NEW ORLEANS-- The first in a series of forums regarding deepwater oil drilling took center stage at Tulane University's McAllister Auditorium on Wednesday. During the forum, the head of the newly-created Bureau of Ocean Energy Management listened as local leaders pleaded for an end to the moratorium.

'These are real jobs and these jobs affect real lives -- and people don't seem to understand the urgency,' said Rep. Joseph Cao, R-Louisiana.

However, the bureau's director, Michael Bromwich, said a change to the moratorium is unlikely to happen before the drilling forums wrap up around the country in mid-September.

'I think the process of gathering, collecting, analyzing the information and discussing it with [Interior] Secretary [Ken] Salazar, makes it almost sure that we won't be able to recommend anything or make any decisions by that time,' Bromwich said. 'How long after that it will take, I don't think anyone can speculate at this time because we have just begun the process.'

Part of that process includes how the oil industry plans to handle any future blowouts, like the one that happened with the Deepwater Horizon. At the forum, representatives from four oil companies laid out their plan: a $1 billion system of equipment, designed to contain oil ruptures far below the Gulf.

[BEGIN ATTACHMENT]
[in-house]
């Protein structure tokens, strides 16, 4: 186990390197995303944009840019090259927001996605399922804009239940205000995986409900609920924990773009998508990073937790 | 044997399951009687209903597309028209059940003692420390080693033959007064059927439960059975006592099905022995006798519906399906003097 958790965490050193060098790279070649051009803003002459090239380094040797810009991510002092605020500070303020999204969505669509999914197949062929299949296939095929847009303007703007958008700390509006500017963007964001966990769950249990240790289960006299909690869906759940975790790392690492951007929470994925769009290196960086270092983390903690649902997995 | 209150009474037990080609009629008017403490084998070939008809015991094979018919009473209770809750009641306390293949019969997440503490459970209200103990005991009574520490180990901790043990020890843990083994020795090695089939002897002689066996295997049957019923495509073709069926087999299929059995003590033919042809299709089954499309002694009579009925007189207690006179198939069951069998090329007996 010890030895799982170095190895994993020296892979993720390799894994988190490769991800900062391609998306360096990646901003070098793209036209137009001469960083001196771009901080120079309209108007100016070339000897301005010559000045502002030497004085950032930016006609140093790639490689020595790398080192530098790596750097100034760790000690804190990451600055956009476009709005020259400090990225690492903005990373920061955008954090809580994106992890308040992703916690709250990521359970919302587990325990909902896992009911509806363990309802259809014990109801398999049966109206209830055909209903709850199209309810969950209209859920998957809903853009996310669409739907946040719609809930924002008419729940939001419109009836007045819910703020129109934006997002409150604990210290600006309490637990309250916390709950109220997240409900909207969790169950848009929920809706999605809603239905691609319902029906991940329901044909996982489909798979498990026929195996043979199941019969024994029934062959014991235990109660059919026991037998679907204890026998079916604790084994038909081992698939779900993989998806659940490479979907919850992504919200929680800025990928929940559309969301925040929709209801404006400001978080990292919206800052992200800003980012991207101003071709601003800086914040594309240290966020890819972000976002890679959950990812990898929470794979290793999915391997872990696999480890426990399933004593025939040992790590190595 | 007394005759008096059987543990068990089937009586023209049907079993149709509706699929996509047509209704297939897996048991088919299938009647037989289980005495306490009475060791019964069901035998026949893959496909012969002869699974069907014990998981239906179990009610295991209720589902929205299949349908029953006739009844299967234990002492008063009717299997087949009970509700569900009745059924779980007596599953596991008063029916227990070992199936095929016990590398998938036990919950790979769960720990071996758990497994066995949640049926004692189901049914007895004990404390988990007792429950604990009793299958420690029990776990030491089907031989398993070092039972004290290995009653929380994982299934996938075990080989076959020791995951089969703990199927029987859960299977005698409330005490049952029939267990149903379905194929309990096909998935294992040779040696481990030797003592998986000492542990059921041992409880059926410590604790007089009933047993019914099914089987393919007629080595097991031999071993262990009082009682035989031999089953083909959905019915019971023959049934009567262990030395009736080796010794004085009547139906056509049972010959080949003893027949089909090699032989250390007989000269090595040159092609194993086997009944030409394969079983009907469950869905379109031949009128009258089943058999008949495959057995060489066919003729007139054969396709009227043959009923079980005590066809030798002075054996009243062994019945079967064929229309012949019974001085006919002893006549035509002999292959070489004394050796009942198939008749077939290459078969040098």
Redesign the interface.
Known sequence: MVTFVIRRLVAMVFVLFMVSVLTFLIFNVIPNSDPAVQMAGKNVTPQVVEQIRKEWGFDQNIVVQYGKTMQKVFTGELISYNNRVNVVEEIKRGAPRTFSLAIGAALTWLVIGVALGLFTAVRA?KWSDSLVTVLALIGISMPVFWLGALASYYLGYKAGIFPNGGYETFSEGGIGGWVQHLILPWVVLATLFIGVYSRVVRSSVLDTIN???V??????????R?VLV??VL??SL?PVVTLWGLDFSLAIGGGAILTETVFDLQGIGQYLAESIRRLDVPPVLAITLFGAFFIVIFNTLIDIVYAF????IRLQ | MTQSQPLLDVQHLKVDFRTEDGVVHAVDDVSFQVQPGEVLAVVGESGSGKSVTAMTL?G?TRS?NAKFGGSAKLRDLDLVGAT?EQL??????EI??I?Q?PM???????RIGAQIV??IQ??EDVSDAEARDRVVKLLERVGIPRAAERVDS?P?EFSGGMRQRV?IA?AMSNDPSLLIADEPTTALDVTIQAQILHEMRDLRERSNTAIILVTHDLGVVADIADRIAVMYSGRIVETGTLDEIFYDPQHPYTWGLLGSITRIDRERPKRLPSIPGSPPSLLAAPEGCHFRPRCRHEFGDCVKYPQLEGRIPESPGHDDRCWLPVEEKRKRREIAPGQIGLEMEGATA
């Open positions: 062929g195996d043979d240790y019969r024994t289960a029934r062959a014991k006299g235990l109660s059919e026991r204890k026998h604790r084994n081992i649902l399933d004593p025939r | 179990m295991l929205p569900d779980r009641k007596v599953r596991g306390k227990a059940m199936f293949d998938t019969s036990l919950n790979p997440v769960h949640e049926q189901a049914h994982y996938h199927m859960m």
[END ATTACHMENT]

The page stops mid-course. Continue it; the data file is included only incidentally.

'It's a system that again, we intend never to use,' said Sara Otwein, with ExxonMobil Development Company. 'But if we must use it, we're confident that the system will be able to quickly and effectively mitigate the impacts of any deepwater blowout.'

Yet, the system is still in its conceptual stage. Environmental advocates believe deepwater drilling is still a potentially dangerous endeavor.

'At this point, deepwater drilling is a high-wire act without a net, and they don't have a sufficient ability to really respond,' said Aaron Viles, with the Gulf Restoration Network. 'Right now, this is just a theory of a system.'

Congressman Charlie Melancon said, though, safety issues could still be addressed on a case-by-case basis for deepwater rigs.

'As I've said all along, we've got to find a way a place somewhere between, 'Drill, baby, drill' and the moratorium that shuts us down,' said Rep. Melancon, D-Louisiana. 'The people of the Gulf coast, the people of my district, at least, they want the oil industry back-- but they don't want to wake up one morning and have a BP episode again.'

The drilling forums will be held across the Gulf Coast, as well as in Alaska and California, before returning to Louisiana for the final one in September.

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